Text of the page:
Last week, conservatives urged caution when House Republicans considered the farm bill, and on Tuesday the Associated Press reported House Republican leaders decided to table the measure that would extend the 2008 farm bill for another year.
Because the agriculture industry is unique, a very limited government role is needed, but more often than not, farm bills — especially when they are passed on the backs of disasters — are nothing more than pork-laden government handouts to special interest groups and large agri-businesses who want corporate welfare.
In this case, it was even worse than that. Nearly 80 percent of the bill under consideration dealt with food stamps, which the U.S. Department of Agriculture administers, and not with farms or farming.
So instead, House Republicans will focus on a more limited and targeted measure to give relief to those directly impacted by the recent droughts.
According to the AP, the disaster relief measure “would revive programs that were part of the 2008 farm bill but which expired last year,” including those that affect cattle, pork, and other livestock producers. They generally do not participate in the federally subsidized insurance programs that will partially shield corn, soybean and other crop producers from drought damage.”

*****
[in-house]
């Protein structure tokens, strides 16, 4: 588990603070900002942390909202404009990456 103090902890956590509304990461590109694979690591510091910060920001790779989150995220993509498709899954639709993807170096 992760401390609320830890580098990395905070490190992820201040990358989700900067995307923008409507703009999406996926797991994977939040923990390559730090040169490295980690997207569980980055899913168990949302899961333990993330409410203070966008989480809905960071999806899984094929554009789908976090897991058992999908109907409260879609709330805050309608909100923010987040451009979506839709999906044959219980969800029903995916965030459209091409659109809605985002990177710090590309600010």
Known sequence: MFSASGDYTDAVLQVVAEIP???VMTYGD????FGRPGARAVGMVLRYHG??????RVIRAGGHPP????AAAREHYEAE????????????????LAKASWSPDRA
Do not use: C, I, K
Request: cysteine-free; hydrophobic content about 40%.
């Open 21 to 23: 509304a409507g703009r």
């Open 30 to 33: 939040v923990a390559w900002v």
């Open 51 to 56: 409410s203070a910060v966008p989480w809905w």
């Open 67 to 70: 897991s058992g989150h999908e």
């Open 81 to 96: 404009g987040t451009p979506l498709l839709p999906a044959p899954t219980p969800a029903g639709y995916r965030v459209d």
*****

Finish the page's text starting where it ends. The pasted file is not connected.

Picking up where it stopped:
From a tactical standpoint, the AP noted that House Republican leaders had been reluctant to bring the farm bill to the floor because it could get defeated, which would allow Democrats to paint Republicans as the party that turned its back on rural Americans in an election year in which rural voters are running away from Obama’s liberalism.